The Tuolumne County Sheriff’s Office said on Monday, Sept. 23 that deputies found the car in the county near San Flat Campground, California late Sunday.
Deputies couldn’t immediately confirm the identities of the deceased and their suspected cause of death was not released.
The Amber Alert issued for John Weir, the boy, and his dad Steven Weir was deactivated in light of the discovery.
A car listed in the Amber Alert was described as a red 2005 Hyundai Elantra with a California license plate. Authorities said Weir took his son on Friday from Merced but didn’t know where he was headed.
— CHP – Alerts (@CHPAlerts) September 21, 2019
Authorities described Weir as “armed and dangerous.”
The mother of John, identified as Sarah, told KFSN that Weir was supposed to meet her on Saturday evening for a custody exchange but that he never showed up.
“I personally believe he is no longer in California, I think he’s left the area,” she said. She said their son suffers from a neurological muscle disorder and has a weak immune system, meaning he needs more attention than other boys his age.
“There is that small part in the back of your mind that you always think of the different possibilities and this is a parent’s worst fear,” Sarah said. In a message to Weir, she said, “Bring John home. Hand him over to the police or if he wants to talk to me, my phone is on.”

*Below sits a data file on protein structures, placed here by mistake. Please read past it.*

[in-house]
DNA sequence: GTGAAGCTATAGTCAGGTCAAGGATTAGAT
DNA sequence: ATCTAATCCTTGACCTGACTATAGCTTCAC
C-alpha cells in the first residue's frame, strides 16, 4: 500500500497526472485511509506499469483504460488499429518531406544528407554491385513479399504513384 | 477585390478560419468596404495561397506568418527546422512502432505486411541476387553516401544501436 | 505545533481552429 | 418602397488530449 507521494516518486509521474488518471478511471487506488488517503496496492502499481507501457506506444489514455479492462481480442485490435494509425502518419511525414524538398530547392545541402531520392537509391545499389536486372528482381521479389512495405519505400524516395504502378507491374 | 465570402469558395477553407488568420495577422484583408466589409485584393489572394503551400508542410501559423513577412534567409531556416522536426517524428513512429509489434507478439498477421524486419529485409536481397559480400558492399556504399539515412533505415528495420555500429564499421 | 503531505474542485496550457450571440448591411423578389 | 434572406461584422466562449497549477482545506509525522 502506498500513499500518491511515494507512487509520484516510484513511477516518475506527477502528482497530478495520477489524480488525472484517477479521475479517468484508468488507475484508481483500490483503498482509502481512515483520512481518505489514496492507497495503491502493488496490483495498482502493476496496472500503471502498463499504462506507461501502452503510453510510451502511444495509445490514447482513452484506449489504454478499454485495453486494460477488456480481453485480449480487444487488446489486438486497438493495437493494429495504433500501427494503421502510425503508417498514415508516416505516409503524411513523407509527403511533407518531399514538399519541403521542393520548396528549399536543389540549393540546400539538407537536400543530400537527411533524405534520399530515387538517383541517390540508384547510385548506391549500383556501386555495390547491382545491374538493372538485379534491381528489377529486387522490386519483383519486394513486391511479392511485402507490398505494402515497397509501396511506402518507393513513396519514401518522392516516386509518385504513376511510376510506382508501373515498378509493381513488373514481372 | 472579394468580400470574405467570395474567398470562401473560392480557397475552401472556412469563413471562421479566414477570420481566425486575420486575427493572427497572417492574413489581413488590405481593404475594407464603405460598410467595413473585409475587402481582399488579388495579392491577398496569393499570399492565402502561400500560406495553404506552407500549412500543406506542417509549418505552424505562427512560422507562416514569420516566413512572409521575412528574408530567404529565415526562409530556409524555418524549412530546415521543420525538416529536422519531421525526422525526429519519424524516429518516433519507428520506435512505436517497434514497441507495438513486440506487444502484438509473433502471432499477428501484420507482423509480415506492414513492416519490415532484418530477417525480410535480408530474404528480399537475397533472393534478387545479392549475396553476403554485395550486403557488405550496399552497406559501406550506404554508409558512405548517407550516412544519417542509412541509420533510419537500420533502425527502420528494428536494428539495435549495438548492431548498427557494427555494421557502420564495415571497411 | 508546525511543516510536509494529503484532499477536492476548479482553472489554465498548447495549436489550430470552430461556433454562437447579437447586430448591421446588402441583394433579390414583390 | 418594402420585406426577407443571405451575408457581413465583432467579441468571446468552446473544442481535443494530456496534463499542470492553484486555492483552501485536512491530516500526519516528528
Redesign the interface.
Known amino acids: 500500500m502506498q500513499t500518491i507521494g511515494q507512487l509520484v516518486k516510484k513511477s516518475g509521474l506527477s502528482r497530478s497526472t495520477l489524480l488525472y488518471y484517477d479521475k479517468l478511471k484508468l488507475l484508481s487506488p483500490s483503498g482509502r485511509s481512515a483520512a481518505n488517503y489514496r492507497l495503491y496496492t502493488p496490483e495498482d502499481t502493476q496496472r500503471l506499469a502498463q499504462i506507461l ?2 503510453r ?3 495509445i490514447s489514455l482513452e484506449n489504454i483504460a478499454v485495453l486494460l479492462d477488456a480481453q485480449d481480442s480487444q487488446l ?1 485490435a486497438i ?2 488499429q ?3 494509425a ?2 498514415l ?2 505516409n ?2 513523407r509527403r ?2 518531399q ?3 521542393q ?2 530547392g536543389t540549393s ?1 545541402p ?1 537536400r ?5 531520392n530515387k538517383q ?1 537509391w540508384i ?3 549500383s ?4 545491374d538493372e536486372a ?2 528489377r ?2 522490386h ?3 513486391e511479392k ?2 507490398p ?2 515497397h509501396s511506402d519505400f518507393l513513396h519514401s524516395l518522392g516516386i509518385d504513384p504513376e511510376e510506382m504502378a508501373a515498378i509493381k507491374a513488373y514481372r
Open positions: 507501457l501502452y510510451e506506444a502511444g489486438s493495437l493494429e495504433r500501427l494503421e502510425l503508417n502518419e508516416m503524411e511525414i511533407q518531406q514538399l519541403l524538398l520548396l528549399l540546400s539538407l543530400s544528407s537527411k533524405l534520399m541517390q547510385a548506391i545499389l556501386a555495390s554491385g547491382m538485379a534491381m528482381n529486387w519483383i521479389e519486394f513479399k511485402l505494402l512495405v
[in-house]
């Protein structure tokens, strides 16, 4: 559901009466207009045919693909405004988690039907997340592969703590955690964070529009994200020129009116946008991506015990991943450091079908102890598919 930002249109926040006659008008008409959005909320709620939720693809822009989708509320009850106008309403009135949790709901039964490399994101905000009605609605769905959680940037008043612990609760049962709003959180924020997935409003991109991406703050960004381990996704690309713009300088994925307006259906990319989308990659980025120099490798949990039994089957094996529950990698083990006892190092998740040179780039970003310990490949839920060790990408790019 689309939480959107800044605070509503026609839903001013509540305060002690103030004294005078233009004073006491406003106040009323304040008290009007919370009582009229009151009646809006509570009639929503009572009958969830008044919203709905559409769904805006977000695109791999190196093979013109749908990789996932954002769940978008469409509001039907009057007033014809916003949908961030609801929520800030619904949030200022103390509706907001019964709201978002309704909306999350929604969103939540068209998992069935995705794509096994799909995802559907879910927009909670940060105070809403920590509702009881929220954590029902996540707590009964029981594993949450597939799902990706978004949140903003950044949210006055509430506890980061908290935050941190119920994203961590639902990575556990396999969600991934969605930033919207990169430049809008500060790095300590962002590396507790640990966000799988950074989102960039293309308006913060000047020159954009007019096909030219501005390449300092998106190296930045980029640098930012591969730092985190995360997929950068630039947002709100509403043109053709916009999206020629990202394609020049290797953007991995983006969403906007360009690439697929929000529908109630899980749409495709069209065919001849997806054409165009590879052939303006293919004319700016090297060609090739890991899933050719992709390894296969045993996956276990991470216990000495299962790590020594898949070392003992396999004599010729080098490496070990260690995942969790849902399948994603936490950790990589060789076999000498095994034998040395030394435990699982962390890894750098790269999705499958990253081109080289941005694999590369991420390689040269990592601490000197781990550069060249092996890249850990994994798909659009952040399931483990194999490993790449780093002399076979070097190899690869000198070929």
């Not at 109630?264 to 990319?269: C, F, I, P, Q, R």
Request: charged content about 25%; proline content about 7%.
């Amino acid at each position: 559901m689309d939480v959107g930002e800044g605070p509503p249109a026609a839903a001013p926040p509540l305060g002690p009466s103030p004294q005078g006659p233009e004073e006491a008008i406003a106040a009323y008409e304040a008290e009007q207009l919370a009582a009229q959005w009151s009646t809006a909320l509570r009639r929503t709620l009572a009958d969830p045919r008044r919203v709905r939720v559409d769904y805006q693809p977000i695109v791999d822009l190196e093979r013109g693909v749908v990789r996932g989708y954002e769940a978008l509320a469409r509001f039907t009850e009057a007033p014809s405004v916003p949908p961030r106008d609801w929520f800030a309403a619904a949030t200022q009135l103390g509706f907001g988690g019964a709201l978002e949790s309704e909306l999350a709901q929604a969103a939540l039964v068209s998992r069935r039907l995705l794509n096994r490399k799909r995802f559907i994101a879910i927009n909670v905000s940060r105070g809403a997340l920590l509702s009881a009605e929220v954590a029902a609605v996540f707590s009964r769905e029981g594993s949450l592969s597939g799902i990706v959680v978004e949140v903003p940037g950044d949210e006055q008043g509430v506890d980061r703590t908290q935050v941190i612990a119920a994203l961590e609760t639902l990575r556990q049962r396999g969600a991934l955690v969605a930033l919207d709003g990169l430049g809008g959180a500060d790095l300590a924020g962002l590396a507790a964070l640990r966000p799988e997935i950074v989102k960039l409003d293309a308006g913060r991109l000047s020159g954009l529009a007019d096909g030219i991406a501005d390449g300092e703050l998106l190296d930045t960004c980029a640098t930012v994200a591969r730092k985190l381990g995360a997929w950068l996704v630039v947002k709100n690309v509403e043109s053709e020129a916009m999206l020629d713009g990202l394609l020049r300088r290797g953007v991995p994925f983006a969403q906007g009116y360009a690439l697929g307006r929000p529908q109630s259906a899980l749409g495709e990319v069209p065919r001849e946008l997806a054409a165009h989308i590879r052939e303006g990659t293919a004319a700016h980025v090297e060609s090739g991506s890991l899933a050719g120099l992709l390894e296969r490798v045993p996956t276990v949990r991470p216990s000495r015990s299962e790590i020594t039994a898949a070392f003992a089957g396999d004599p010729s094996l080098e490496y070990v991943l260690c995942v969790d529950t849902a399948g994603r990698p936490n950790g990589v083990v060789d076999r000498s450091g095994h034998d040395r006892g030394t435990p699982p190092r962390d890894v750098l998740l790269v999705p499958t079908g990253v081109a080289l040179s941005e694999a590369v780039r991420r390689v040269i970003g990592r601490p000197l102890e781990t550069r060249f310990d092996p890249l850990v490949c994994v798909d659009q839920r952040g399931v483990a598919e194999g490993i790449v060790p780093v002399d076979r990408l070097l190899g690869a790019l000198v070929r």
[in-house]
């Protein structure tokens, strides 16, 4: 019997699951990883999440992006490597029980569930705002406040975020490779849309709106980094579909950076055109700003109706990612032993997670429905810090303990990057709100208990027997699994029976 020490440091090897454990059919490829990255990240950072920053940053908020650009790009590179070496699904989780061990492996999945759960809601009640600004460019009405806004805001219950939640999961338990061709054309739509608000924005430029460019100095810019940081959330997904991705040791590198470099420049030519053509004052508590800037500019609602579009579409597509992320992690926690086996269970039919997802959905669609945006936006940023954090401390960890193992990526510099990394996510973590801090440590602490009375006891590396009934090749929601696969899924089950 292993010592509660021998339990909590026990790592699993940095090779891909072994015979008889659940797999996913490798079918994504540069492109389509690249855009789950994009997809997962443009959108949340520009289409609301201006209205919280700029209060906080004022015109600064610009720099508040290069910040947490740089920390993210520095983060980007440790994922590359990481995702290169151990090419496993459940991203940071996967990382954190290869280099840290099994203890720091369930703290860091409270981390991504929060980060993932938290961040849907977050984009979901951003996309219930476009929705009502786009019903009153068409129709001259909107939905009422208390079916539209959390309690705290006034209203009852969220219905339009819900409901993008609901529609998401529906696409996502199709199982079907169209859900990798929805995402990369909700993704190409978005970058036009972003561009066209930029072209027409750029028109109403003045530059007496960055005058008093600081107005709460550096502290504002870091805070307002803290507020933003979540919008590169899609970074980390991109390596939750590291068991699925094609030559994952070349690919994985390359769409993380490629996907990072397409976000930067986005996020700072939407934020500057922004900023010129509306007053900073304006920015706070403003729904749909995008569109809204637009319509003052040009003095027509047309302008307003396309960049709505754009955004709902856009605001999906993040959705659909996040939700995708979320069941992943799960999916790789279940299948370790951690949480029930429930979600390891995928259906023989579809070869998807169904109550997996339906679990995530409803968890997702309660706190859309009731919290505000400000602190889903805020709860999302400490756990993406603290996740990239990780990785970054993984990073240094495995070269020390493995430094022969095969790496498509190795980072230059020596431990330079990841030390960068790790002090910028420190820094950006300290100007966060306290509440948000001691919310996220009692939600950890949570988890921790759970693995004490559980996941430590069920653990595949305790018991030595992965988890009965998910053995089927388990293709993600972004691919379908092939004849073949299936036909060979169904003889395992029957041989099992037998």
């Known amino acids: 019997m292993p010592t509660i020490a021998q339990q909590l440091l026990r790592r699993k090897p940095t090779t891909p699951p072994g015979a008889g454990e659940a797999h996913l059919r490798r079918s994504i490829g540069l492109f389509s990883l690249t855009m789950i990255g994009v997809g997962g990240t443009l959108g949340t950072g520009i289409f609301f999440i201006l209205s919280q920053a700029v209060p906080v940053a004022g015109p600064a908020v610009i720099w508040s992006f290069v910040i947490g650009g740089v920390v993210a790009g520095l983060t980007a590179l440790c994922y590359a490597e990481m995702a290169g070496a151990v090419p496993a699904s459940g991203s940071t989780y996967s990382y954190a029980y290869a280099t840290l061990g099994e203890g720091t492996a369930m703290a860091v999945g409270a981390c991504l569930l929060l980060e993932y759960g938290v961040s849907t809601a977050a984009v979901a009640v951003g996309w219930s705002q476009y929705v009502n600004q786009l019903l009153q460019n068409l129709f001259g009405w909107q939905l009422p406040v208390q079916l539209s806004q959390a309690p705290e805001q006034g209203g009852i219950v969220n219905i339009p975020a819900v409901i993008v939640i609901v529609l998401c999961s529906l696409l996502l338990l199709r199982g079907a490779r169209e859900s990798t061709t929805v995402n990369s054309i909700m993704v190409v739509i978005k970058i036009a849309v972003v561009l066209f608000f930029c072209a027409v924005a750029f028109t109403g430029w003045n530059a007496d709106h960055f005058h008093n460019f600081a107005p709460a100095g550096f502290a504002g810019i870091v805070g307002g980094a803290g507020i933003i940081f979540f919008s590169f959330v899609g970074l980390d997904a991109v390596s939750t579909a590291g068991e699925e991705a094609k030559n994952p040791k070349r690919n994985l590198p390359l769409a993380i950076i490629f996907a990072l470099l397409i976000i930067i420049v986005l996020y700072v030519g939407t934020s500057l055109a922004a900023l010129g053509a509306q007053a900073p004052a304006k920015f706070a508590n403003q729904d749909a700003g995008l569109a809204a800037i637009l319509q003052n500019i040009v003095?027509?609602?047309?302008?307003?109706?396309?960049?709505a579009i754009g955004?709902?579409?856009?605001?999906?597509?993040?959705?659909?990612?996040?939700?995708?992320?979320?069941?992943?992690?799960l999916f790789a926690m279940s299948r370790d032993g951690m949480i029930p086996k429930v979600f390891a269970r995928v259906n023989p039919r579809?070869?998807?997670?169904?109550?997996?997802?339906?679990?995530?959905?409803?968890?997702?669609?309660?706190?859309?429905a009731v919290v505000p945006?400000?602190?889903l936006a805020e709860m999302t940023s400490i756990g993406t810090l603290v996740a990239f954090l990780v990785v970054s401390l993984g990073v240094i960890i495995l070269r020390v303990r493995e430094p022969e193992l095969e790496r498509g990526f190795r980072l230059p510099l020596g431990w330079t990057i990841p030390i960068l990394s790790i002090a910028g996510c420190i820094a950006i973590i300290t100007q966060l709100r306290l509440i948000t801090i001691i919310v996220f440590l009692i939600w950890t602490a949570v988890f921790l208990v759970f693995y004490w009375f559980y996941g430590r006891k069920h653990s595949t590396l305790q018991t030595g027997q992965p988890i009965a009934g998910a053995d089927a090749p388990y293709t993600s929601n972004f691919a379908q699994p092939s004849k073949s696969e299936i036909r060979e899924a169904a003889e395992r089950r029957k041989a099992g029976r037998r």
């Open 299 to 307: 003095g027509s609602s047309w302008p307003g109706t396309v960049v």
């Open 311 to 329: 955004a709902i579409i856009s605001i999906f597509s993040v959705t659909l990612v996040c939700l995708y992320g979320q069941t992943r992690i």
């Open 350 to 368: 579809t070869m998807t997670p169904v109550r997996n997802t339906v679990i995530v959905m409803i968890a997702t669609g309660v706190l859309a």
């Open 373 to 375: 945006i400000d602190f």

According to the Polly Klaas Foundation, approximately 200,000 children are kidnapped each year by a family member.
Child custody experts say that people kidnap their own children to force a reconciliation or continued interaction with the other, left-behind parent; to spite or punish the other parent; from fear of losing custody or visitation rights.
In rare cases, the kidnapping may occur to protect a child from a parent who is believed to be abusing the child.
Common warnings signs include the other parent threatening abduction, suspected abuse, or paranoid delusion.
The foundation says a number of steps can be taken to help prevent such situations, including respecting the other parent’s custody and visitation rights, maintaining a friendly relationship with the ex-spouse and his or her family, and keeping records of custody arrangements and rulings.